The Samsung Galaxy Buds Live is available in three colours – black, bronze, and white, matching the company’s latest flagship phones, tablets, and wearables – and all have a glossy, reflective finish. The black of my review unit is, in my opinion, the best looking of the three, although many might like the more unusual bronze colour option.
Whatever colour you pick, you get a matching charging case. which is compact, glossy, and features USB Type-C fast charging as well as Qi wireless charging. The earpieces latch into place in the case magnetically, and a small indicator light tells you the approximate battery level of the case. You can see the exact battery level of the case using the Galaxy Wear app, but more on that later.
It’s hard to imagine functional active noise cancellation on earphones with anything short of a proper in-canal fit, so I was definitely curious to see how ANC would work with the unique design of the Samsung Galaxy Buds Live. There is a specific way to insert the earphones, which is described through a short tutorial graphic in the Galaxy Wear app. Putting the earphones on the correct way ensured better passive noise isolation than with earphones designed for an outer-ear fit, but it didn’t quite come close to what a good pair of in-canal earphones can offer.
Although a bit tight in my ears, the fit of the Samsung Galaxy Buds Live was very secure
The fit was a bit tight in my ears, and I needed to take the earphones out every 30-45 minutes just to relieve the pressure a bit. There are rubber buffers on the upper part of the earphones that prevent the hard parts from touching your outer ears, which is a useful touch in my opinion. Fortunately, it’s a very secure fit, and the earpieces are unlikely to fall out even with heavy movement and activity.
The Samsung Galaxy Buds Live has touch sensors on the upper parts of the earpieces, and simple taps control various functions. A single tap plays or pauses music, a double-tap skips to the next track or answers and ends calls, and a triple-tap skips to the previous track.
The long-press function can be customised using the Galaxy Wear app to either control active noise cancellation, invoke the default voice assistant on your smartphone, quickly launch and play music from Spotify, or control the volume (left for volume down, right for volume up). By default, this also declines calls if used when your phone is ringing. You can also deactivate the touch sensors altogether if you choose. It’s a good set of controls, and the customisability of the long-press function is something I found particularly useful.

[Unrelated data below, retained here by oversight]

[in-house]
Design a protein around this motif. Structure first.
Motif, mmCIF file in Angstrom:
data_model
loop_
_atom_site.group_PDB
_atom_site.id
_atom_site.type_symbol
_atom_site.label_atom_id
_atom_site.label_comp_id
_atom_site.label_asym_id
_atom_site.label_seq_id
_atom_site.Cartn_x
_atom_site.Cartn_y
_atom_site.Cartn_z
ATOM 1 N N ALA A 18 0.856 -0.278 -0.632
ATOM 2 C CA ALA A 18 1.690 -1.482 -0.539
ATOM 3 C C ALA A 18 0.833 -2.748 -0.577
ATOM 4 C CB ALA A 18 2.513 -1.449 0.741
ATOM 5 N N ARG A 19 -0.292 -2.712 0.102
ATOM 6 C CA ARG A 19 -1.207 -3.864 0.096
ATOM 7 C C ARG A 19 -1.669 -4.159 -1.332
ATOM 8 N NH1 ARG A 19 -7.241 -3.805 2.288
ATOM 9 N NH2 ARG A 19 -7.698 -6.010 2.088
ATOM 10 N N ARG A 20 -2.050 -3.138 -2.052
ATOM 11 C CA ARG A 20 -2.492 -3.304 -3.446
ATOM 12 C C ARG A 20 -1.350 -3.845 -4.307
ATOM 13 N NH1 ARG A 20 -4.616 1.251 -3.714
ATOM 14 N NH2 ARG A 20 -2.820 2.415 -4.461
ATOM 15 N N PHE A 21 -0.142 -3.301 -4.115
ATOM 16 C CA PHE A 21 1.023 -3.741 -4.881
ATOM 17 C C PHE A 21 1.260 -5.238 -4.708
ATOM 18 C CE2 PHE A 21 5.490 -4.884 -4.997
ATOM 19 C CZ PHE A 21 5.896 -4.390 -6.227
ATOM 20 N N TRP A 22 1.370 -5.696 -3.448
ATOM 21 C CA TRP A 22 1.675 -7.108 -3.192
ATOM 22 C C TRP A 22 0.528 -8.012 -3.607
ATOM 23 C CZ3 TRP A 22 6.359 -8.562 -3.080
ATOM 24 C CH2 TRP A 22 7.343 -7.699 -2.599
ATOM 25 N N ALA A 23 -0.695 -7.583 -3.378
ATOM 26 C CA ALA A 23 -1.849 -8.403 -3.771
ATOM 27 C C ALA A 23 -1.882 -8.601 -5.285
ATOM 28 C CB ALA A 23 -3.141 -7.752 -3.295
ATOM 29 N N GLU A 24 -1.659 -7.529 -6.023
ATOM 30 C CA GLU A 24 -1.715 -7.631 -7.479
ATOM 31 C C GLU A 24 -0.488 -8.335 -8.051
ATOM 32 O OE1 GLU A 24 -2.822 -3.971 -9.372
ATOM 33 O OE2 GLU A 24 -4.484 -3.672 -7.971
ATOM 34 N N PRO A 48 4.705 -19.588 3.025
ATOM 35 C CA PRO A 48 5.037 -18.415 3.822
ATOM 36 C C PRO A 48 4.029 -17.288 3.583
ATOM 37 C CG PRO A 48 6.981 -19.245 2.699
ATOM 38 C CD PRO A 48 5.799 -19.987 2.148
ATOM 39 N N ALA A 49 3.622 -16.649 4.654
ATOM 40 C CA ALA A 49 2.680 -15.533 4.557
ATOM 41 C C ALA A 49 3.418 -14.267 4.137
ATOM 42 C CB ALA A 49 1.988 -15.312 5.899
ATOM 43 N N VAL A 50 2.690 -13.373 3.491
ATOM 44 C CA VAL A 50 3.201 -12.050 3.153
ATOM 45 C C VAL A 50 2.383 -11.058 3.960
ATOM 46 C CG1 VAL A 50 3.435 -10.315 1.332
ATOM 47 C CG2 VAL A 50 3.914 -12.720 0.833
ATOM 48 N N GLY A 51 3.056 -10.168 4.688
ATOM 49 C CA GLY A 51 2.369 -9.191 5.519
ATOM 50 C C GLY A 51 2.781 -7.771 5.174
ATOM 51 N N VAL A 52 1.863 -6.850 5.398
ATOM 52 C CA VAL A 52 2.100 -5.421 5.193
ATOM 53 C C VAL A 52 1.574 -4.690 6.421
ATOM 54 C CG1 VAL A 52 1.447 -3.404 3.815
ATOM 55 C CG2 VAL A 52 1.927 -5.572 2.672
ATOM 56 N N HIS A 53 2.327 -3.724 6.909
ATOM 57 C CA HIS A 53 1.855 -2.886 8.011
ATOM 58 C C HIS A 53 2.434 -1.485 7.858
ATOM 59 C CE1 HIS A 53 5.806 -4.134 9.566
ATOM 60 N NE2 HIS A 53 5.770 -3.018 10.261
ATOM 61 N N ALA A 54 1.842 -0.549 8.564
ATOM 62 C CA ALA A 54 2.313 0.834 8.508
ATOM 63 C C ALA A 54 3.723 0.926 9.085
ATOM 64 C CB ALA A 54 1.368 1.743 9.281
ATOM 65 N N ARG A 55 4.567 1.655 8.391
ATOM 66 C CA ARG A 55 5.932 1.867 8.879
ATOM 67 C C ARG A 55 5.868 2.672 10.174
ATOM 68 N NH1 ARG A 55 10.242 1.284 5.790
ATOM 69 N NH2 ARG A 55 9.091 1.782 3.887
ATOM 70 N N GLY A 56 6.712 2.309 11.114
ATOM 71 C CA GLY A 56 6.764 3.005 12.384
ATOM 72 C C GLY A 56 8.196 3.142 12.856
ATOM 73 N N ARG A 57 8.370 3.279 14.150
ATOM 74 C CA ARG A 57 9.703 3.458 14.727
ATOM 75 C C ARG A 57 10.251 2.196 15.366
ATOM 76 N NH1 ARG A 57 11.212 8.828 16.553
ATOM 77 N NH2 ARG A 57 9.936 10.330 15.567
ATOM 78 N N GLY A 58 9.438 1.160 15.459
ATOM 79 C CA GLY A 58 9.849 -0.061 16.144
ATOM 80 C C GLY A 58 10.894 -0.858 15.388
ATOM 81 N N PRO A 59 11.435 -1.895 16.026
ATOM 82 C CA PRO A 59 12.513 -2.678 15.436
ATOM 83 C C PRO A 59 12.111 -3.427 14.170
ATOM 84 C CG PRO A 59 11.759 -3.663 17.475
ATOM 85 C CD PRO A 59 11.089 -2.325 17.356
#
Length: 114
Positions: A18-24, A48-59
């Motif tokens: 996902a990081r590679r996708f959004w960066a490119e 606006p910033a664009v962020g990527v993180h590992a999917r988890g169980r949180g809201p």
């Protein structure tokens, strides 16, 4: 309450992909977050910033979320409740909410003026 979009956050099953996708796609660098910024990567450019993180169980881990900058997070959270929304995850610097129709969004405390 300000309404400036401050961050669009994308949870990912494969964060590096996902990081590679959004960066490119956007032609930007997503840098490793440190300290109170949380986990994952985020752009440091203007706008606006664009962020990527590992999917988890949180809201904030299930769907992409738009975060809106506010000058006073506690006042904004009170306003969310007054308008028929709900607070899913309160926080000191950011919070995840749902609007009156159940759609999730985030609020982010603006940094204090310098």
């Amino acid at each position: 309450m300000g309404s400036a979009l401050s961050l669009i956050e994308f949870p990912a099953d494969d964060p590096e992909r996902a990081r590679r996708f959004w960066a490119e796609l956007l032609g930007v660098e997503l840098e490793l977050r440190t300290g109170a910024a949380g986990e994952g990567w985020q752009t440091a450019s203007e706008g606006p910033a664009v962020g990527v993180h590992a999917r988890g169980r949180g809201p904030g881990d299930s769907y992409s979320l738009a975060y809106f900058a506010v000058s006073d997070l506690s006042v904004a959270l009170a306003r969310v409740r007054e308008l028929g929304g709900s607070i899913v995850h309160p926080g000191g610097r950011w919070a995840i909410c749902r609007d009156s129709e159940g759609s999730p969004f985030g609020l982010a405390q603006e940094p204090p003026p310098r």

The Samsung Galaxy Wear app supports the Buds Live, with some options and settings similar to what we saw with the Galaxy Buds+. The big difference is a switch for active noise cancellation.
Other useful features in the app include graphical battery indicators for each earphone individually and the case (the latter is visible only when the earphones are in the case with the lid open), and equaliser settings. You can also activate an experimental ambient sound mode, update the firmware, and more. The app is excellent as before, offering just the right number of controls without being too complicated.
The charging case has a USB Type-C port, and also supports Qi wireless charging
The Samsung Galaxy Buds Live uses Bluetooth 5 for connectivity, and supports the SBC, AAC, and Samsung’s proprietary Scalable codecs. The earpieces weigh 5.6g each, while the case weighs around 42g. I was able to use the earpieces of the Samsung Galaxy Buds Live for around 5 hours, 30 minutes on a single full charge with active noise cancellation enabled much of the time. The case was able to recharge the earphones just under thrice over, for a total battery life of around 20 hours per charge cycle.
Average active noise cancellation on the Galaxy Buds Live
Samsung’s true wireless earphones leading up to the Galaxy Buds+ have largely been good, but with the Galaxy Buds Live, the company seems to have taken a small step backwards. Although sound quality isn’t bad, and the Scalable codec does help to get a bit more out of these earphones, the overall usage and listening experience was underwhelming, in my opinion.
I used the Samsung Galaxy Buds Live primarily with a OnePlus 7T Pro McLaren Edition using the AAC Bluetooth codec, but also tested these earphones with a Samsung Galaxy Tab S6 which supports the Scalable codec, and with an Apple MacBook Air for videos and calls using the AAC codec.
As I usually do these days, I started the Samsung Galaxy Buds Live off with Tidal Masters, listening to Chunky by Bruno Mars. This lively track started off feeling wholesome and exciting, but it revealed some flaws in the sonic signature and began to feel a bit shrill when the track got busy. The sound wasn’t particularly clean, and it often felt as though too much was going on for the Galaxy Buds Live to keep pace with.